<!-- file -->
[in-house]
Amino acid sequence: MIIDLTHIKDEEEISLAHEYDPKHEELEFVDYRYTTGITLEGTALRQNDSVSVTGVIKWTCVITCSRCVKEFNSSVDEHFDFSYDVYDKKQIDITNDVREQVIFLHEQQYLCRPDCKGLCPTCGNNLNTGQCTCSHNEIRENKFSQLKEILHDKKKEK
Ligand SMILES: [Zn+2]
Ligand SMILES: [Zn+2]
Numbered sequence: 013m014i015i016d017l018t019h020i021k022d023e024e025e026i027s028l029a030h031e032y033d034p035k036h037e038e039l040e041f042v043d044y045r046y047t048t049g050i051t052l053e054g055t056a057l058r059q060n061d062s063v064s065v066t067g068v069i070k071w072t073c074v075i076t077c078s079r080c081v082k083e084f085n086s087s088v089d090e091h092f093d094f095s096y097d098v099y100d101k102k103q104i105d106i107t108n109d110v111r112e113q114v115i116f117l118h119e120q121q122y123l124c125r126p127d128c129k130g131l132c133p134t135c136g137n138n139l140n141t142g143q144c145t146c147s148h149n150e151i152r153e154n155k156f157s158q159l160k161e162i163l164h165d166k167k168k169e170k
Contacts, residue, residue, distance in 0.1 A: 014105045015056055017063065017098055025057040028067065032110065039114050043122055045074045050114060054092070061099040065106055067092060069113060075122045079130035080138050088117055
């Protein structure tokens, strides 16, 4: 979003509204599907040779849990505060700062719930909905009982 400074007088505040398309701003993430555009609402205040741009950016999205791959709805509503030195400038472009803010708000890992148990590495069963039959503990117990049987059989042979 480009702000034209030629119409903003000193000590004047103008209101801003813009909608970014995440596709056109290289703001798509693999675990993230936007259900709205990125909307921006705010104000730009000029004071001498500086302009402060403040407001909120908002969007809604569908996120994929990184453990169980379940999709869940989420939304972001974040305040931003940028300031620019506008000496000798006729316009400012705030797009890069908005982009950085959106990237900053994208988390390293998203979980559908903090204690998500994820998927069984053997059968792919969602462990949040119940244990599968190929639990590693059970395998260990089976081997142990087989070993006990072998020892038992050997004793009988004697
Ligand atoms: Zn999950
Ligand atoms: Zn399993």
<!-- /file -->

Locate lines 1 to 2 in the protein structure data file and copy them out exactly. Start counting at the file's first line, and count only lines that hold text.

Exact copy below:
[in-house]
Amino acid sequence: MIIDLTHIKDEEEISLAHEYDPKHEELEFVDYRYTTGITLEGTALRQNDSVSVTGVIKWTCVITCSRCVKEFNSSVDEHFDFSYDVYDKKQIDITNDVREQVIFLHEQQYLCRPDCKGLCPTCGNNLNTGQCTCSHNEIRENKFSQLKEILHDKKKEK